A team-by-team look at how a continued labor impasse and extended NFL freeze on transactions would affect the division:
A stoppage means the team will not get a jump on adding free agents who would fit defensive coordinator Wade Phillips’ new 3-4 scheme and will not have as much time as they typically would to install such a system.
The positive spin from Phillips and his boss, coach Gary Kubiak, has been that it’s not a super-complicated changeover and will not take that long. Even if that’s the case, more time is better than less for a team in transition that is searching for some new personnel.
The team has good leadership under contract if players decide to gather for their own workouts.
No team may be as equipped to handle a frozen period as the Colts. Give them health and a draft class and they won’t be far from their opening day roster. They’ve pledged they’ll delve a bit more into free agency than their traditional approach, which has been not to touch free agents of significance. One area that’s an exception is that they do well with the rookie free-agent pool and will have to wait for that.
Even though two offensive assistants flipped positions and there is a new running backs coach, the offensive and defensive systems are in place. The veteran players also have a full understanding of those systems. No one will do better at arranging team activities without coaching supervision than Peyton Manning (though there are injury concerns in such a setup).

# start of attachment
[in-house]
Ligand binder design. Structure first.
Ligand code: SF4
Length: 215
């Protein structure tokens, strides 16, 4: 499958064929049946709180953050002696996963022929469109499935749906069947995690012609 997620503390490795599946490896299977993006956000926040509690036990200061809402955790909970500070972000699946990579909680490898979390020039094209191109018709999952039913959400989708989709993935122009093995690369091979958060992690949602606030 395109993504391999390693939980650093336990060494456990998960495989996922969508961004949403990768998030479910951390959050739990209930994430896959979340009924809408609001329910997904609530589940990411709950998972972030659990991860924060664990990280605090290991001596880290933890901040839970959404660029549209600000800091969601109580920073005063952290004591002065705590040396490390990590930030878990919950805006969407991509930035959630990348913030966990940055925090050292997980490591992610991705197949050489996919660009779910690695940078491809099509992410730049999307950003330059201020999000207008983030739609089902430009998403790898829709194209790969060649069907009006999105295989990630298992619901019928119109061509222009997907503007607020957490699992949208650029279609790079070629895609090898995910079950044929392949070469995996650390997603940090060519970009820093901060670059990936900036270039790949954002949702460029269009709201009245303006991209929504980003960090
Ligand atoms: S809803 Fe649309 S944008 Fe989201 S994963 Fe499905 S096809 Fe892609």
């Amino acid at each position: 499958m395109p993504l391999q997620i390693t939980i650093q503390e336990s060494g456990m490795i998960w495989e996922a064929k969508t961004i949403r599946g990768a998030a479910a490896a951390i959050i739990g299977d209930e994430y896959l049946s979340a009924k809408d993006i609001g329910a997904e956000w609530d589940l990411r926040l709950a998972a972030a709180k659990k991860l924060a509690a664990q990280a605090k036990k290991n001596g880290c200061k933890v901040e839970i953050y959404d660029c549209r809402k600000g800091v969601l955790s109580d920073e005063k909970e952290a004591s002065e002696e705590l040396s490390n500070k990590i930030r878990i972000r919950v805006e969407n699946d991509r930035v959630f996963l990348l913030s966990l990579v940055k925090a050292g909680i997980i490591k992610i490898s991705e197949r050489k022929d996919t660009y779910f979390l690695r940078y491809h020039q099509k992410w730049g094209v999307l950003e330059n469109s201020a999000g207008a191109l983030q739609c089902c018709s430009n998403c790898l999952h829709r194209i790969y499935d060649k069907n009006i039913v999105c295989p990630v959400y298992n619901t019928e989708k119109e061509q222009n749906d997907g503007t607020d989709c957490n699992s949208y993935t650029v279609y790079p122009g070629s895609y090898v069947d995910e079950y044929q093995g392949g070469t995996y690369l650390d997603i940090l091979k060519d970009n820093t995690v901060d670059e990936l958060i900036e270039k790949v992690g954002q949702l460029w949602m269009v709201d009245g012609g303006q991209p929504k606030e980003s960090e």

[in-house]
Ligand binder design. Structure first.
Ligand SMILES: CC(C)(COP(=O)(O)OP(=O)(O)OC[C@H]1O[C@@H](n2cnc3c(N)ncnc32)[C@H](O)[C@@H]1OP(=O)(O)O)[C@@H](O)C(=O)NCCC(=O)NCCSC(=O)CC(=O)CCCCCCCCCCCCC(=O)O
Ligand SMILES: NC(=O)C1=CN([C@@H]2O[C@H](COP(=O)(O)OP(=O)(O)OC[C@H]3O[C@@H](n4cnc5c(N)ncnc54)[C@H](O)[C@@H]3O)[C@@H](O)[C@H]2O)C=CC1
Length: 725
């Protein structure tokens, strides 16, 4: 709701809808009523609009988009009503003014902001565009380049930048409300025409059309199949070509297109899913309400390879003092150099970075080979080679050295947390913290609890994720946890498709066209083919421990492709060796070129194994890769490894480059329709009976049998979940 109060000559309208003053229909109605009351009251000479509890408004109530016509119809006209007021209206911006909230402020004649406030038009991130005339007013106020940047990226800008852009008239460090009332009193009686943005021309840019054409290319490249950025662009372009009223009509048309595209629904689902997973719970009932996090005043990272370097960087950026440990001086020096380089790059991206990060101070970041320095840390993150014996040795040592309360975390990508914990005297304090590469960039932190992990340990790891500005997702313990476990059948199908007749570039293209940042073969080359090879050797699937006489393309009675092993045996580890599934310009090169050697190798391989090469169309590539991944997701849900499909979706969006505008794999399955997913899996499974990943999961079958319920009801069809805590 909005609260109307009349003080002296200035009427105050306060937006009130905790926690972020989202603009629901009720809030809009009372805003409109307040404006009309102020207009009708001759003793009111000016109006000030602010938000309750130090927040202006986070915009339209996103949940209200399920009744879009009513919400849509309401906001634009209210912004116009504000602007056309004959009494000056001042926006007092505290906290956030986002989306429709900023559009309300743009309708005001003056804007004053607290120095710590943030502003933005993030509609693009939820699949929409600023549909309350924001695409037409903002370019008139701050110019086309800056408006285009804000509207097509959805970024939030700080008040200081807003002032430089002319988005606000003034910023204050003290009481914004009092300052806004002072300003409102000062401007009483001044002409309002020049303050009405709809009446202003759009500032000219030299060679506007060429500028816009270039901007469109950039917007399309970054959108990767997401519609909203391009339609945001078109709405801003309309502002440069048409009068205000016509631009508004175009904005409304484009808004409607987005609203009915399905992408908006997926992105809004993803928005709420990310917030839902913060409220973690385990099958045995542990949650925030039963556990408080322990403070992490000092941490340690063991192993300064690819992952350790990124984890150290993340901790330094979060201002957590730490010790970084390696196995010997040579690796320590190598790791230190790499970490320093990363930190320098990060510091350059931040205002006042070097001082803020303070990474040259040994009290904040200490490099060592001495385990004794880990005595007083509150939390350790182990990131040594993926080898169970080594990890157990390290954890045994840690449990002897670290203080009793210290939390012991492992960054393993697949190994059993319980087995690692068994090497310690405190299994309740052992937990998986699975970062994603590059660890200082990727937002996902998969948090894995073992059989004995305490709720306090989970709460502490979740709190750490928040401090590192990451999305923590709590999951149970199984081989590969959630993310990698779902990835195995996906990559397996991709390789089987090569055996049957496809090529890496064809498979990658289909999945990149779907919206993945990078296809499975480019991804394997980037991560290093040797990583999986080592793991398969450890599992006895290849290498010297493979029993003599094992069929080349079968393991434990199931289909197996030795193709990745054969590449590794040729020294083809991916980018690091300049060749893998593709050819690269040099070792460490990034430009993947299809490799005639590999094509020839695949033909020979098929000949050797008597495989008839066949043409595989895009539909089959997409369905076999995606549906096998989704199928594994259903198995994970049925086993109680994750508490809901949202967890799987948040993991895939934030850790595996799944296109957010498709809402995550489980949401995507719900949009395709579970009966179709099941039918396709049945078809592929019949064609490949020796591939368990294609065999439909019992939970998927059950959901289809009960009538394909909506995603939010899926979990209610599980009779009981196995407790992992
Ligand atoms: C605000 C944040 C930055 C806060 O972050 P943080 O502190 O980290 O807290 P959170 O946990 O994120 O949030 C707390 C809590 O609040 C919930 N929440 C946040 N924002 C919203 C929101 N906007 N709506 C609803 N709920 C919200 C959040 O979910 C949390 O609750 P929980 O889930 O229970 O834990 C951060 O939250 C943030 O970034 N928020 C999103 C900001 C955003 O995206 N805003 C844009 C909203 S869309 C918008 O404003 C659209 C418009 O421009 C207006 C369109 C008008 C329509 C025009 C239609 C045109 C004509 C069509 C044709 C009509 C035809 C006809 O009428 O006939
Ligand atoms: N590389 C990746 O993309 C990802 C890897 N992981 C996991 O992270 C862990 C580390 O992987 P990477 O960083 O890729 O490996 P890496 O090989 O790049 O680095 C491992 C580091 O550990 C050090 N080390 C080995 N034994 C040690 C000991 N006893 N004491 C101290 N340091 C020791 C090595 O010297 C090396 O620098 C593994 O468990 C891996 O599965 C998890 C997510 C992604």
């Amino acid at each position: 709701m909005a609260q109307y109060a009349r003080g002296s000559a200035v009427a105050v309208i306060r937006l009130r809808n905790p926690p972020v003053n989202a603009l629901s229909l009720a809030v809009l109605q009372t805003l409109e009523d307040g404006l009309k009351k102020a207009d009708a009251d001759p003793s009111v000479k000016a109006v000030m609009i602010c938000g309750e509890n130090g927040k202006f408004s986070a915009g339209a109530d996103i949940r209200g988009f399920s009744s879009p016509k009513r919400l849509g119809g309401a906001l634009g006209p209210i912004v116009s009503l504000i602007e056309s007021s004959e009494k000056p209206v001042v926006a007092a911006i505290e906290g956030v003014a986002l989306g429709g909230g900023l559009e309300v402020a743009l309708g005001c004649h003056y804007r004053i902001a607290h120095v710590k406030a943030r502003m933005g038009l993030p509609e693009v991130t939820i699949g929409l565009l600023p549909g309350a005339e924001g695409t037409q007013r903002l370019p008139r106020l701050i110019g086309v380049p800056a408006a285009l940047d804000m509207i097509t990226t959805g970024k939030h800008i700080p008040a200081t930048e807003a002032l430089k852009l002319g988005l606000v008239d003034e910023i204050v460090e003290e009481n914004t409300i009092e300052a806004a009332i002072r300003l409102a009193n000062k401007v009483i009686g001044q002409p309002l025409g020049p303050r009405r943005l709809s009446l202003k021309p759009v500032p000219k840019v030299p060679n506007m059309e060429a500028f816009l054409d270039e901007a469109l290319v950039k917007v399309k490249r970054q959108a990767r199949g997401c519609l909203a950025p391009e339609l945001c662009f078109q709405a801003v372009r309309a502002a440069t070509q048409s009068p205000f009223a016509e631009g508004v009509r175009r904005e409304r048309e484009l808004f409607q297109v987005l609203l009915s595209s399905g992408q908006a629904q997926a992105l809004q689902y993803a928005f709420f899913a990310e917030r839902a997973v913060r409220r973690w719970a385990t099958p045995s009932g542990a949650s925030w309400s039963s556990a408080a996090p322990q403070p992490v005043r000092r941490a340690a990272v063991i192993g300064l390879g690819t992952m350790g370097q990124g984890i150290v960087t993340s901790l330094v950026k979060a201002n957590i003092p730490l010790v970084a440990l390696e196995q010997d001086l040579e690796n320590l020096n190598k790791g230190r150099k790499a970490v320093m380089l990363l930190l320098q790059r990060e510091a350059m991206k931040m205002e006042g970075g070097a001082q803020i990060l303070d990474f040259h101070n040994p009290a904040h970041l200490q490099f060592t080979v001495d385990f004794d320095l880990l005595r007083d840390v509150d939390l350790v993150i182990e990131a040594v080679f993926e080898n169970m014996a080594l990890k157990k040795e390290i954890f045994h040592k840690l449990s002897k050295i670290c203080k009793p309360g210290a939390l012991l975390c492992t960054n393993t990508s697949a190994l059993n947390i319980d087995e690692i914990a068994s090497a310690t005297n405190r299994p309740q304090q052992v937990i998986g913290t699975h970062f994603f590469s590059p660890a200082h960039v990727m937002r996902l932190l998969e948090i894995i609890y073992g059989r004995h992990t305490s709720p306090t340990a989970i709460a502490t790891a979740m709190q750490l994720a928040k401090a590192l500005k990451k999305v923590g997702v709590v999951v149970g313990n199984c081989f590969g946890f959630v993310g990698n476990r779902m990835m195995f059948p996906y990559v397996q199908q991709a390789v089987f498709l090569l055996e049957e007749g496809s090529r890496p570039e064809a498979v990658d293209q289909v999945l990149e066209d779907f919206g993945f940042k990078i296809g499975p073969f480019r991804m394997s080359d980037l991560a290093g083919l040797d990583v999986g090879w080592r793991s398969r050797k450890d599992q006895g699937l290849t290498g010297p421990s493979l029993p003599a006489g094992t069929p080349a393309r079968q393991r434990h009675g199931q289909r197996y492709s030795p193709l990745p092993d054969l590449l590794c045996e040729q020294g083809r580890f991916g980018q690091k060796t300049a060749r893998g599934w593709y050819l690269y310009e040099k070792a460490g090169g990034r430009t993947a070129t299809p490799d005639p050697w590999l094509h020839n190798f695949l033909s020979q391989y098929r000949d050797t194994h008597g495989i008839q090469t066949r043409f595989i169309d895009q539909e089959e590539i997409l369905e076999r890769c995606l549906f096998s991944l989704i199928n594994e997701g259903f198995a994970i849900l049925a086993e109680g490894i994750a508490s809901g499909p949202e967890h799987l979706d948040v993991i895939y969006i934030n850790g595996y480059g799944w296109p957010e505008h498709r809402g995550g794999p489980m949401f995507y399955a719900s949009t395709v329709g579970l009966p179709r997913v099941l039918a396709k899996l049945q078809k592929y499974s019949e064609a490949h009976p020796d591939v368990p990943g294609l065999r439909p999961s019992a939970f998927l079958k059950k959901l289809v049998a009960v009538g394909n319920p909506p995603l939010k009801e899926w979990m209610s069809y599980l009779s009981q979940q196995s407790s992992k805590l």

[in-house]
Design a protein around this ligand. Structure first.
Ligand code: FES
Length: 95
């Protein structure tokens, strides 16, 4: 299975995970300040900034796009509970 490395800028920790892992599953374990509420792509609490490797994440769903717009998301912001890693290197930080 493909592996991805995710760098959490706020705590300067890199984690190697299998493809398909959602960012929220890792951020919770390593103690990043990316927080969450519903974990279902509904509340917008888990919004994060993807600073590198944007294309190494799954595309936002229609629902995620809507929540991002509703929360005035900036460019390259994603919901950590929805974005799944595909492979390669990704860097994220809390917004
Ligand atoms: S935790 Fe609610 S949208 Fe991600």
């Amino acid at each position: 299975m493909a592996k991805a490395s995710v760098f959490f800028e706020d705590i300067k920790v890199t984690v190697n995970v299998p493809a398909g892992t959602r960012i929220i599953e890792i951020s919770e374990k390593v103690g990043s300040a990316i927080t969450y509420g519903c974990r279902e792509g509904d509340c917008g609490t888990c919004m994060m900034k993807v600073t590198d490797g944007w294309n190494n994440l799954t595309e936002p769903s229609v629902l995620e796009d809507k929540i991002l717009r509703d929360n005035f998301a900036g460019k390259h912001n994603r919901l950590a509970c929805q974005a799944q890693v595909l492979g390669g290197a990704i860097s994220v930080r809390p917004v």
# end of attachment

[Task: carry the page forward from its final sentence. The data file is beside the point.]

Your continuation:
Chris Polian is taking on more power in the front office, while Bill Polian scales back a bit. A slower couple months may require the fleshing out of multiple plans but surely it will provide an atmosphere that helps this stage of the transition.
The Jaguars may benefit most because a delay hurts two of their division foes, the Texans and Titans. Jacksonville has seen very little change on Jack Del Rio’s staff and won’t have substantial player turnover.
Gene Smith wants to be a draft-first team, and it appears it’ll be a draft-first league. And when the team still has holes after the end of April, it will be ready to add at least a few veteran free agents if and when that market opens.
QB David Garrard has spoken candidly about arranging workouts, and he can score big in the leadership department if he leads a successful campaign and has guys ready when things are settled.
New head coach, two new coordinators and two new quarterbacks who are not yet on the roster. No one needs a full offseason and as much interaction with players as the Titans do, and they stand to suffer as badly as anyone in the league.
Mike Munchak and his staff will have plenty of time to chime in with GM Mike Reinfeldt’s scouts about draft prospects and to discuss how they’d like to tinker. But if the rookies are drafted and the new coaches cannot talk with players, it’s a hurry-up-and-wait scenario.
Munchak has already said that such a landscape may dictate that the team doesn’t change a lot system-wise for 2011 because there won’t be sufficient time to do so. Though they won’t call it a rebuilding process, many changes could be forced to wait until 2012.